To create a test or implement a new feature, a developer can quickly take a look at the design of the component. Of course, the user story is important, but the design will provide other key information such as the relationship with existing components, the interfaces, or the technology to use.
Because software programming requires some thinking, design is part of development activities. In a software intensive system, a component does not work in isolation. It interacts with other components. Good thinking (design) leads to coherent and resilient architecture, which is key to agility..
jl.marechaux 060001NWA6 Tags:  architecture agileadopt alm-sig agility-at-scale clm rational pragmatic alm agile 7,120 Views
[Previously on ALM and agile design.....Part 2 – Release plans, iterations, and design ]
Each sprint begins with a planning exercise where the team defines the sprint goal and the sprint backlog. Team members examine the backlog to select the most valuable stories that can be contained in the sprint.
During sprint planning, design information can be used for three different purposes.
First, to assess the technical feasibility of a requirement. If the new feature is straightforward, then this task can be skipped, but for more complex features, the team can explore different design options to agree on a target solution.
Second, design information is used to identify the tasks to implement the sprint stories. A technical perspective on each story is needed to understand the work to complete. For some stories, the team will need to develop new component, for others, the team will need to integrate or reuse existing assets.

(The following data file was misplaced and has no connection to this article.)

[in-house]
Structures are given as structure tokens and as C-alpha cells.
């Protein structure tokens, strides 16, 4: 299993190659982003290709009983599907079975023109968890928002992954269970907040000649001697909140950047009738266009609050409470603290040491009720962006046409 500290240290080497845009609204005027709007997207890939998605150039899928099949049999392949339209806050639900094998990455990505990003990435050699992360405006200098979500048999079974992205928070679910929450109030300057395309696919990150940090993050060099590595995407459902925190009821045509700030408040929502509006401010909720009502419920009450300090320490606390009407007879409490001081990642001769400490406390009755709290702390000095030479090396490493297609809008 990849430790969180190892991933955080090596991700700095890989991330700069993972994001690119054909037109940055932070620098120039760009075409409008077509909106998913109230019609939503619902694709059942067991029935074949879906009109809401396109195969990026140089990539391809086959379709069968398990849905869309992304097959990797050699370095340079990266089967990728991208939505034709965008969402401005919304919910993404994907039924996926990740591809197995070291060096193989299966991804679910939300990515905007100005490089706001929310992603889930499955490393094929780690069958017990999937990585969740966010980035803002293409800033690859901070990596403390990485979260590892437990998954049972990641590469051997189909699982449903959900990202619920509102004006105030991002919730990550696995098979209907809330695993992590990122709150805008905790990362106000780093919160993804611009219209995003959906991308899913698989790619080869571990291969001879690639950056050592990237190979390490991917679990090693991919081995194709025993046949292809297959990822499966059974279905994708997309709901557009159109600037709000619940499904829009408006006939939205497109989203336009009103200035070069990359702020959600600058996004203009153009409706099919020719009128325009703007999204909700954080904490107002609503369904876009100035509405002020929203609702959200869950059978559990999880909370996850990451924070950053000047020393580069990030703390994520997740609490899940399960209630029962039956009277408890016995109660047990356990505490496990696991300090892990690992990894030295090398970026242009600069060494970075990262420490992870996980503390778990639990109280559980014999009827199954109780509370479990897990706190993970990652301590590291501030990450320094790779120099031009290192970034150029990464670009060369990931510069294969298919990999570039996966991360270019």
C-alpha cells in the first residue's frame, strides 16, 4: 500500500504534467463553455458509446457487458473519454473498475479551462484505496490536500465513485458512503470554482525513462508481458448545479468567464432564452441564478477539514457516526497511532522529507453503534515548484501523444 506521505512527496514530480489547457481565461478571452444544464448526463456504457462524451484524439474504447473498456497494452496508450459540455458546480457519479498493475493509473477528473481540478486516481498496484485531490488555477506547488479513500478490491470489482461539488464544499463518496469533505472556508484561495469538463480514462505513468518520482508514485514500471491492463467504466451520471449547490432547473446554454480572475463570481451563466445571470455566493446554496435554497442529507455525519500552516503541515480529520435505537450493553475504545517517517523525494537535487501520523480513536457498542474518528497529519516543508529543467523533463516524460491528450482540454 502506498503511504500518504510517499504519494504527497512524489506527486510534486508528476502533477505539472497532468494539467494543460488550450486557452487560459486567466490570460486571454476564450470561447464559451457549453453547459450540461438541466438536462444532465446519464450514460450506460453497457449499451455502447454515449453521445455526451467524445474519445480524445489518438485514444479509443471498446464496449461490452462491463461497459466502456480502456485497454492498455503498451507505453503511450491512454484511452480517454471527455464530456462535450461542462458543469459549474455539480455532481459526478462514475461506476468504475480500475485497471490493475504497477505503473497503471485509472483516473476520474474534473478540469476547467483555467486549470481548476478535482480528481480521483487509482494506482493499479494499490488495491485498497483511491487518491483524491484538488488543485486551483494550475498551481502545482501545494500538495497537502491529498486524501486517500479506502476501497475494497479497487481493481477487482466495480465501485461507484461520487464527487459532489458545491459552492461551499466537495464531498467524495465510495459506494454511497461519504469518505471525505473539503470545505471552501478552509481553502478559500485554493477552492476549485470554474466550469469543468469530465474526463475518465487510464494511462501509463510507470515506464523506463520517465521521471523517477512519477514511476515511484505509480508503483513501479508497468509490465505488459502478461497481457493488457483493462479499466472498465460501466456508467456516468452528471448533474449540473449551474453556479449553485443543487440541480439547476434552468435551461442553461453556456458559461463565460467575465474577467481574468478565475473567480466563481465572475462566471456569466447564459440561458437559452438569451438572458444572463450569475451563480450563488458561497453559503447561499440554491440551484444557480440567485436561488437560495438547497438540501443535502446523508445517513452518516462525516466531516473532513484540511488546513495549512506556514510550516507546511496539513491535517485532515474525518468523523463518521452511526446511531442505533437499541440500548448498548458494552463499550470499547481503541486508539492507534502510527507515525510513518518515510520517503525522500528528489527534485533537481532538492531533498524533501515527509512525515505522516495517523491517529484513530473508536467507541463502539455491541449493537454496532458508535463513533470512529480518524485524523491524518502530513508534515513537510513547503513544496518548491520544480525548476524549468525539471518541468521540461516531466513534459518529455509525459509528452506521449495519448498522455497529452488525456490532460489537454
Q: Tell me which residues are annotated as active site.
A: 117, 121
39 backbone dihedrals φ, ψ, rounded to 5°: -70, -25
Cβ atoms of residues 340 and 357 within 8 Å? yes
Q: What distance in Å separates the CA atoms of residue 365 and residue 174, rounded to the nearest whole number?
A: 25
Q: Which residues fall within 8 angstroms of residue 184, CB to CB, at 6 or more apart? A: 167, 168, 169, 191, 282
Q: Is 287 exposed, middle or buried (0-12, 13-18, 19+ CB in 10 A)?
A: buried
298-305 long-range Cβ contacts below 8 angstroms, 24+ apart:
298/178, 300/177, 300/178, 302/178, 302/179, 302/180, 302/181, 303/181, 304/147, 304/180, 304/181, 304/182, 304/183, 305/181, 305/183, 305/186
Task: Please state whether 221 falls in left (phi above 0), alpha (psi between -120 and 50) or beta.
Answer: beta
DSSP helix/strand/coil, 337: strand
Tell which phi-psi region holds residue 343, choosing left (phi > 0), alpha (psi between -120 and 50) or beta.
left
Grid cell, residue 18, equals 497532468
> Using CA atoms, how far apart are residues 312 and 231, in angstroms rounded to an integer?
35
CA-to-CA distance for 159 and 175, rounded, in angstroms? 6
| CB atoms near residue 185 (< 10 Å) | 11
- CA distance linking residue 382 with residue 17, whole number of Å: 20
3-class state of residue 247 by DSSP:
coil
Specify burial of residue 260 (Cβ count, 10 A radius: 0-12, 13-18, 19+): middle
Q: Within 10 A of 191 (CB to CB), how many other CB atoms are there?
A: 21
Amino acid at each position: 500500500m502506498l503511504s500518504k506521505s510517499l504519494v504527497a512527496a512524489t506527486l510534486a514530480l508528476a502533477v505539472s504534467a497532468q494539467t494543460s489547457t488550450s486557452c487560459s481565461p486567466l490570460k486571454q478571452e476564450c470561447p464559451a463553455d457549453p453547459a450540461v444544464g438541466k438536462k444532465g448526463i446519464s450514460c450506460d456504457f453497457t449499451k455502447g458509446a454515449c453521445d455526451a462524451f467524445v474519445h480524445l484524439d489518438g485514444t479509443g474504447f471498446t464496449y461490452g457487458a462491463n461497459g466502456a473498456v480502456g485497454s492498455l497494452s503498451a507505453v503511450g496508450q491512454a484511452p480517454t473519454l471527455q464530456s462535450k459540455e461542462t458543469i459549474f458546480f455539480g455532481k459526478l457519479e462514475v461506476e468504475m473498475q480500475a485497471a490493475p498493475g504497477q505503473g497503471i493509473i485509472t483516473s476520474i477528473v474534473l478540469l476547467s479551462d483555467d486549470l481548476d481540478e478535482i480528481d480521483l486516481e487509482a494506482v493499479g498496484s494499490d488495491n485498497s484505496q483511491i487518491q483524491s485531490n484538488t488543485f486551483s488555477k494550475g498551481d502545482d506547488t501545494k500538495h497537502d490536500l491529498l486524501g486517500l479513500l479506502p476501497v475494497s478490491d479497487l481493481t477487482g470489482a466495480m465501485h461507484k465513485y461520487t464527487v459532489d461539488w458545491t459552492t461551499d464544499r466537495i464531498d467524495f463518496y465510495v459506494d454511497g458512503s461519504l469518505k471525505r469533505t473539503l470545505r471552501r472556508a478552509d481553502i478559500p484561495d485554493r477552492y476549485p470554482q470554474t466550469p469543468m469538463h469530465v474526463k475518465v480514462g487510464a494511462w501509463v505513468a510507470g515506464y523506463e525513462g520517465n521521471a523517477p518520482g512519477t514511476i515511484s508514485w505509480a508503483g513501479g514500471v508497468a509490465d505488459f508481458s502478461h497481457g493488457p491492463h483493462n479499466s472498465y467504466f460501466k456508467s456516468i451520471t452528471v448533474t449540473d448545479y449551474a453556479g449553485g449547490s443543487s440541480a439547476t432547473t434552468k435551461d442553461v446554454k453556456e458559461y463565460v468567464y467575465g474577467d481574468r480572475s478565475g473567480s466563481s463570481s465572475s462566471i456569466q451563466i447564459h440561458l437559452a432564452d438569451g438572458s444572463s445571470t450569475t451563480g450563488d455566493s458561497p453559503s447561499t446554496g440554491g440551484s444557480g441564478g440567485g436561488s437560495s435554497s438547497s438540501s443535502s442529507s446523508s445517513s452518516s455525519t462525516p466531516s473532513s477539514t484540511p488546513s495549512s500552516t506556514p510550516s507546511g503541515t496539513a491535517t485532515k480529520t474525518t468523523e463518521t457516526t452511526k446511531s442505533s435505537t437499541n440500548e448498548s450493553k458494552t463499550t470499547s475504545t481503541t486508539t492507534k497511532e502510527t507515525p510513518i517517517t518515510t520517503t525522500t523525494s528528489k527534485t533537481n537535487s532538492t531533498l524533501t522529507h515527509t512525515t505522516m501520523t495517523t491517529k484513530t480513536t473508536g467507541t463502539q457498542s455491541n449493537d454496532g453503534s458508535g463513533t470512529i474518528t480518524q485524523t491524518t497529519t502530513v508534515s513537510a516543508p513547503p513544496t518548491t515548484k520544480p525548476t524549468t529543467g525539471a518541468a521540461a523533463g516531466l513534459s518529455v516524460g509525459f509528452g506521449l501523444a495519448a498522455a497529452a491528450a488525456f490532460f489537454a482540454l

And last but not least, agile team can leverage design resources to evaluate the development effort. If the team is using the planning poker technique, design information will help choose the right card.
Development effort should be assessed based on the understanding of what needs to be delivered. Design information helps the team identify what can be delivered (technical feasibility) and what can be contained in the next sprint (estimation)
jl.marechaux 060001NWA6 Tags:  alm pragmatic alm-sig agileadopt architecture clm agile rational agility-at-scale 4,767 Views
Interested in agile ALM and collaborative architecture? Check the video at https://www.youtube.com/watch?v=O70P8IpV0oY. It will only take 3:20 minutes of your time.
Then read the related article published on developerWorks and tell me more about the pragmatic architecture approach that you have adopted in your agile projects.
Share your experience!
jl.marechaux 060001NWA6 Tags:  alm-sig agile pragmatic alm agility-at-scale rational architecture clm agileadopt 4,737 Views
Just back from Agile Tour 2012, a conference held in Montreal (Canada) on November 24.
Ok, it was not a long trip as the conference center is probably at less than 2 miles from home.
This year, I was a member of the organizing committee. Quite an experience which started around March, an initiative led by the Agile Montreal community.
Key facts and figures from the conference:
People I talked too during the conference are not interested in the "agile dogma". They value "pragmatic agility", agility applied to their specific context. Sometimes it means governance, sometimes ALM, sometimes lean software development.
So far the feedback from attendees is very good. It was an amazing day. I am glad I had the opportunity to be involved in the organization of this conference.
jl.marechaux 060001NWA6 Tags:  architecture agility-at-scale agileadopt alm clm agile alm-sig pragmatic rational 4,466 Views
I will be a speaker at Agile Tour 2012 (Montreal) on November 24. My session is about the role of the agile architect in an ALM environment.
Here is a teaser.....I hope it will prompt people to attend the session.
What someone can expect to take away from the presentation?
Table of content
Interested?..... Take a look at the Agile Tour 2012 (Montreal) page for further information.